The 2016 Division 36 Conference on Psychology, Religion and Spirituality.
Brooklyn has long been a destination for artists and thinkers. Its rich history and culture attract musicians and poets, and — most recently — 200 psychologists from around the world.
On March 11-12, SJC Brooklyn played host to the 2016 Division 36 Mid-year Conference on Psychology, Religion and Spirituality. The two-day event featured workshops, paper and poster presentations, and guest speakers from renowned institutions. Visitors arrived from 26 states, as well as international guests from Taiwan, Canada (Ontario and Quebec), Georgia, India, Belgium and Germany.
“Our main goals are to provide a way for people in the organization to get together and exchange ideas,” said Michael Nielsen, Ph.D., president of Division 36 and psychology department chair at Georgia Southern University, who delivered the conference’s opening words to a crowd in The Hill Center. “It’s a fascinating area. Psychology has many different perspectives, and we’re very fortunate to have people come not just from North America, but from across the world.”
Depending on an attendant’s preferences, he/she could learn more about The Relationship Between Interpersonal Religious/Spiritual Struggles and Nonbelievers’ Psychological Well-Being; The Intersection of Meaning, Positive Emotions, and Spirituality; Sufism, the Science of the Soul or numerous topics over the course of the two days.
Symposia sprinkled across classrooms on the fourth floor of McEntegart Hall, where SJC faculty such as Peter Lin, Ph.D.; Kathyrn Frost, Ph.D.; Thomas Petriano, Ph.D.; and Paul Ginnetty Ph.D. presented their own work.
Peter Lin, Ph.D., SJC psychology professor; and Henry Seiden, Ph.D., ABPP, clinical psychologist, presented When Freud Meets Buddha: The Algorithms of Chan (the Chinese term for Zen) Practice and Psychoanalytic Psychotherapy.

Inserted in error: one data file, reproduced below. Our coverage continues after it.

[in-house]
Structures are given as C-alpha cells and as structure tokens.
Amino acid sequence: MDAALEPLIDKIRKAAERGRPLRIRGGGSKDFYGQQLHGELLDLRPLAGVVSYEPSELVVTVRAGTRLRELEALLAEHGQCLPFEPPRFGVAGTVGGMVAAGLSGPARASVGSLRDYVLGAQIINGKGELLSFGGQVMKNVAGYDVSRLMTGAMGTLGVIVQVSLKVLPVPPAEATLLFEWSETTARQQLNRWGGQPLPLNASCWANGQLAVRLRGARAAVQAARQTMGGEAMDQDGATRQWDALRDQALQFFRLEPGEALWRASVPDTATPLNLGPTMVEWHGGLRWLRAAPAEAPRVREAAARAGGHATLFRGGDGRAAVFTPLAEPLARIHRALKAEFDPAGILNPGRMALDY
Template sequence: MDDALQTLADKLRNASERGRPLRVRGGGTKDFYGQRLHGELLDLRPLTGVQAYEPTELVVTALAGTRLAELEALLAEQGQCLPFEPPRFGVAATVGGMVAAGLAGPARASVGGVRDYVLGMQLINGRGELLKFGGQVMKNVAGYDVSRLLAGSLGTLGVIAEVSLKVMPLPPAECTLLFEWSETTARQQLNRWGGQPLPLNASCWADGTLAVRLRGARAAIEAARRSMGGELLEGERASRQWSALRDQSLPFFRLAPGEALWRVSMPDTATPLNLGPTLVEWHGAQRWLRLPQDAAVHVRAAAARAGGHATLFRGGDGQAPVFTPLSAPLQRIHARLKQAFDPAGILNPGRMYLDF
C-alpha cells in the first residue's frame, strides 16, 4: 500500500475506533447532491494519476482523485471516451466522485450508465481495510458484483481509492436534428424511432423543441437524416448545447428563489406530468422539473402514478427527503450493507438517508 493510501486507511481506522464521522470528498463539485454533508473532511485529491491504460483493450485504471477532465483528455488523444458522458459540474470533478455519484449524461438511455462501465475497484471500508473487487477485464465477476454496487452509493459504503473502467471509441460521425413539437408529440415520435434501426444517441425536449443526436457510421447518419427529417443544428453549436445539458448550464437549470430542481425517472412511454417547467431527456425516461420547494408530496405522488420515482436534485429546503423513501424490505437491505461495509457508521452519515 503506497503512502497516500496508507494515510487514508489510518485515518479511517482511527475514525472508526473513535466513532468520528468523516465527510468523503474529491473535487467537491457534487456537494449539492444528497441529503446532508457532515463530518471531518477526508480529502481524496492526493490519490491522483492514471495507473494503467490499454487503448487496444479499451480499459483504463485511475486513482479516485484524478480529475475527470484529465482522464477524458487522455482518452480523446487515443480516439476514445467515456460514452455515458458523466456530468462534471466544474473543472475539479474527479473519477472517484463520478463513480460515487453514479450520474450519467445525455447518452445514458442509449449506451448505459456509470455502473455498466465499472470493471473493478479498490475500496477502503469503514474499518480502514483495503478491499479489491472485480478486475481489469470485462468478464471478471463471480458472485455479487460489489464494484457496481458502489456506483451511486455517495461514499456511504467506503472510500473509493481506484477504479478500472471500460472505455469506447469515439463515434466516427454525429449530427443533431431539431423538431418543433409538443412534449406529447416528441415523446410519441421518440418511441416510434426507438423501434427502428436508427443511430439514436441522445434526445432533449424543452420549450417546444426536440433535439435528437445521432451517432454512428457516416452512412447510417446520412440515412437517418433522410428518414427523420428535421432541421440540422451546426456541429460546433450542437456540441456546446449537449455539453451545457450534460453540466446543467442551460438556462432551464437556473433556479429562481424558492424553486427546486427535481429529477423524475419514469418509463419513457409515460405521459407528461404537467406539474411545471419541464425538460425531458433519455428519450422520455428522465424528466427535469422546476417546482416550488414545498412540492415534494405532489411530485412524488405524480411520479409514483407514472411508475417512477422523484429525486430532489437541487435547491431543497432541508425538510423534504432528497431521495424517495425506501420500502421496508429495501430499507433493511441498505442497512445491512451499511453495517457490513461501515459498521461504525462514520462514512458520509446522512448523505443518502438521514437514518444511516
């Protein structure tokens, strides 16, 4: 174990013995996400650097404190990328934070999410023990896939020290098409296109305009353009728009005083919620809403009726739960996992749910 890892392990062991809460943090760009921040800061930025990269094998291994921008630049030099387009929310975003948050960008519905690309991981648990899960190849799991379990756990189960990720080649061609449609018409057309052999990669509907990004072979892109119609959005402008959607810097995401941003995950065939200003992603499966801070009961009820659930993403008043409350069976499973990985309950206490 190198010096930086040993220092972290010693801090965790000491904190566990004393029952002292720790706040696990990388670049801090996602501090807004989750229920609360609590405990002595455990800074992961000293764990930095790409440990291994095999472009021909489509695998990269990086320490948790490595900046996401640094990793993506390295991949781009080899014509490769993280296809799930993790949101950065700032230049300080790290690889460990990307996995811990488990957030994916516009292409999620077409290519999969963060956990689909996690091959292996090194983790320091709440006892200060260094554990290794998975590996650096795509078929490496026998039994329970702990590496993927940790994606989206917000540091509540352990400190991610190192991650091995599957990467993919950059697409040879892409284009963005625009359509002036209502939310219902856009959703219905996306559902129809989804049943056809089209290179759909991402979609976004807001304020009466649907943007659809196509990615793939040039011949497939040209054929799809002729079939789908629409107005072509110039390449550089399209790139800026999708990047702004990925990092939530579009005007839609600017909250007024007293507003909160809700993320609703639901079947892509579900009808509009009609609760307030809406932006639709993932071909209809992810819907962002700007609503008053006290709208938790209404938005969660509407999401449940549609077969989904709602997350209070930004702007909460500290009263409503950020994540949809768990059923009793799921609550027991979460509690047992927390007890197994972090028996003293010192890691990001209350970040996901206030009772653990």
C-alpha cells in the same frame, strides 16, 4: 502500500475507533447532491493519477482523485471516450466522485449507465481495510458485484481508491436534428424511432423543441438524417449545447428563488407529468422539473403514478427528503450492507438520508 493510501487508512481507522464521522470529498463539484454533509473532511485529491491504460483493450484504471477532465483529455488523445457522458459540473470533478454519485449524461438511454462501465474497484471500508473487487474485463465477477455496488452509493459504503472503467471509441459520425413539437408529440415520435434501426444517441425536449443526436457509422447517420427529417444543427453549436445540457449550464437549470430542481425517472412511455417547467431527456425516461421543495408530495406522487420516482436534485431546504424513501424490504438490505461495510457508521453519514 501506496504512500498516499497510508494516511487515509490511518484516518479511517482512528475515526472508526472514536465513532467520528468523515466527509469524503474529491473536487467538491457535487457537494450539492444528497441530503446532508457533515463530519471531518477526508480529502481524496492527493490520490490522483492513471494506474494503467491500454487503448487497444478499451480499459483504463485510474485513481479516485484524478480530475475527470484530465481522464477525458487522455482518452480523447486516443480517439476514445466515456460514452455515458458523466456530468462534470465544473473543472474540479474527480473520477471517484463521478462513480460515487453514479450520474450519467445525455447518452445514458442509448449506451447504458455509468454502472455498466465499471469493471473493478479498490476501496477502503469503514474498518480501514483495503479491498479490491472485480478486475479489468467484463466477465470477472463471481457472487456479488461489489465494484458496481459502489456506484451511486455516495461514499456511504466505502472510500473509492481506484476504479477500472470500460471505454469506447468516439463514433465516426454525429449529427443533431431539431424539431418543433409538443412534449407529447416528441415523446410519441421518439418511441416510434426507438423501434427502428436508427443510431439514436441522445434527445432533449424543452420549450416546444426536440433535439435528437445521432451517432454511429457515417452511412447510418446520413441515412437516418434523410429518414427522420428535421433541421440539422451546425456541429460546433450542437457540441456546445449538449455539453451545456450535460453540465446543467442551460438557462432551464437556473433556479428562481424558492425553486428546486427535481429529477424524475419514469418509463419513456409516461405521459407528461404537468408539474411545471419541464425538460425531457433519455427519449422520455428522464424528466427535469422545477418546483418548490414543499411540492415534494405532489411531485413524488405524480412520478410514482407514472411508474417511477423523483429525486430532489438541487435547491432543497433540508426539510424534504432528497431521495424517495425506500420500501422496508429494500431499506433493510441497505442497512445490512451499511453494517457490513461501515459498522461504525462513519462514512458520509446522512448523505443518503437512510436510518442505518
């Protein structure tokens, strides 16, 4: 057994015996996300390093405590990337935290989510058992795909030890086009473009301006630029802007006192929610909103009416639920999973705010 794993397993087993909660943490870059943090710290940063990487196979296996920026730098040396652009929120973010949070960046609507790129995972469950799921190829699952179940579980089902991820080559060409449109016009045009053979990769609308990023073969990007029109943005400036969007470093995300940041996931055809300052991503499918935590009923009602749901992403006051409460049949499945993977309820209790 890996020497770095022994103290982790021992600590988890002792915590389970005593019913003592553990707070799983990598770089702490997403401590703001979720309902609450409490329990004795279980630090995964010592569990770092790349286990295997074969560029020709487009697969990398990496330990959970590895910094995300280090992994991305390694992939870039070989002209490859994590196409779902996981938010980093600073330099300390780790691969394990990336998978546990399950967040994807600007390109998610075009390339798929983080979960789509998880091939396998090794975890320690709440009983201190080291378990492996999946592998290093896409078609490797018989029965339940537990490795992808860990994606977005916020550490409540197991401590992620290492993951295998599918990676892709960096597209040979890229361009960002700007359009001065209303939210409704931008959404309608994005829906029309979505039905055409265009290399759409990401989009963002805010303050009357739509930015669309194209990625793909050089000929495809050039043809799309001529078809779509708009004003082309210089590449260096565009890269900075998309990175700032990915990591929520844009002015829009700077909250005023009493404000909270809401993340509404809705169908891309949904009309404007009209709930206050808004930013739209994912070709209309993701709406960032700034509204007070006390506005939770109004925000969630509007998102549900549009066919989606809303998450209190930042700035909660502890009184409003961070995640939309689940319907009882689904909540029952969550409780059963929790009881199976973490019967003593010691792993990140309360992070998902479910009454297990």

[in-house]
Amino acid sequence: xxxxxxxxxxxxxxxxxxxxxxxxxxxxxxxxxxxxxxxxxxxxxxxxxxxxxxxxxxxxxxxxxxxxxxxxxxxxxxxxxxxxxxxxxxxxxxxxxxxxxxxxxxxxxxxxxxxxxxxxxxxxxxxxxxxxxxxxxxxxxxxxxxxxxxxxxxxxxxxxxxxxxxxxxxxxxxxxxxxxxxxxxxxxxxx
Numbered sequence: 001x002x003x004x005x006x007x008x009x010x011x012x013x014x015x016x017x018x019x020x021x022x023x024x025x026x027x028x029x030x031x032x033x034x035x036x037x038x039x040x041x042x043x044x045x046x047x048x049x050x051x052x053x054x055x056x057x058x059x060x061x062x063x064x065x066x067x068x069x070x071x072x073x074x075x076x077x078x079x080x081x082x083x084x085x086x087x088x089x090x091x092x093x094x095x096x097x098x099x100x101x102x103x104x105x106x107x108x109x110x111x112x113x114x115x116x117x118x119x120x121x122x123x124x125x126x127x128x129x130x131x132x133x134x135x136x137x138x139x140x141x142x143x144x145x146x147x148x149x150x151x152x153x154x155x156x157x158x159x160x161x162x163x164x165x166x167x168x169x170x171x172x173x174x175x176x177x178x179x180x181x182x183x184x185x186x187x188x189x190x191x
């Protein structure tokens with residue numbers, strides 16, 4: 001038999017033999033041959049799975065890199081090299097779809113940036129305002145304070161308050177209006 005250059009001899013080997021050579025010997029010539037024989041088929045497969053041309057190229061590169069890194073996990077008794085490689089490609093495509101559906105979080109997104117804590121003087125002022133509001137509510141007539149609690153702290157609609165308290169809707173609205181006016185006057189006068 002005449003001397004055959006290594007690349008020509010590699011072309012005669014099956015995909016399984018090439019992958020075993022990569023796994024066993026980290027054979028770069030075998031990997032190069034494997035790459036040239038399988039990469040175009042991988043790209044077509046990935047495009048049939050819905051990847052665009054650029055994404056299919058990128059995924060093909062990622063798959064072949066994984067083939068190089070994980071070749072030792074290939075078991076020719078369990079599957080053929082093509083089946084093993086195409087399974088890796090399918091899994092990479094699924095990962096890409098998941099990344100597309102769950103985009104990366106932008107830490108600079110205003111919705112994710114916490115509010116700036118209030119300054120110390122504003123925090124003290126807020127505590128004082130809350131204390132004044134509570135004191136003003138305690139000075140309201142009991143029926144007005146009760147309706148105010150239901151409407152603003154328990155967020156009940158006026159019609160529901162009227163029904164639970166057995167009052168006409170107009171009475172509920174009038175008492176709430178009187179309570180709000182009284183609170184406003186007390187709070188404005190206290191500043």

Kristina Schrepf ’17 and SJC psychology professor Kathryn Frost, Ph.D., presented Re-envisioning Haidt’s Ontological Presuppositions and Moral Matrix.
Thomas Petriano, Ph.D., SJC religious studies professor and chair; and Paul Ginnetty, Ph.D., SJC psychology professor, presented The Notions of Holding and Accompaniment in Lars and The real Girl: An Interdisciplinary Perspective.
The event also featured two keynote speakers: Paul Bloom, Ph.D., Brooks and Suzanne Ragen Professor of Psychology and Cognitive Science, Yale University, presented “There is Nothing Special About Religious Belief” while Sheldon Solomon, Ph.D., psychology professor at Skidmore College, presented “The Worm at the Core: On the Role of Death in Life.”
Many psychology undergraduate and graduate students rubbed elbows with esteemed academics and practitioners. Taking full advantage of the conference’s many opportunities were SJC’s Ryan Cleary ’18, Amanda Butera ’16 and Bryanna White ’17. The three presented their poster along with Dominique Treboux, Ph.D., SJC psychology professor and chair, titled Loving vs. Punitive Gods: Compassion Towards Migrants.
(L-R) Bryanna White ’17, Amanda Butera ’16 and Ryan Cleary ’18 with their poster presentation, Loving vs. Punitive Gods: Compassion Towards Migrants.
Well-attended and highly educational for all involved, the Divison 36 was a fantastic opportunity — not only to showcase the wonderful work produced by some of psychology’s brightest and best, but the talents and success of our St. Joseph’s College’s own faculty and students.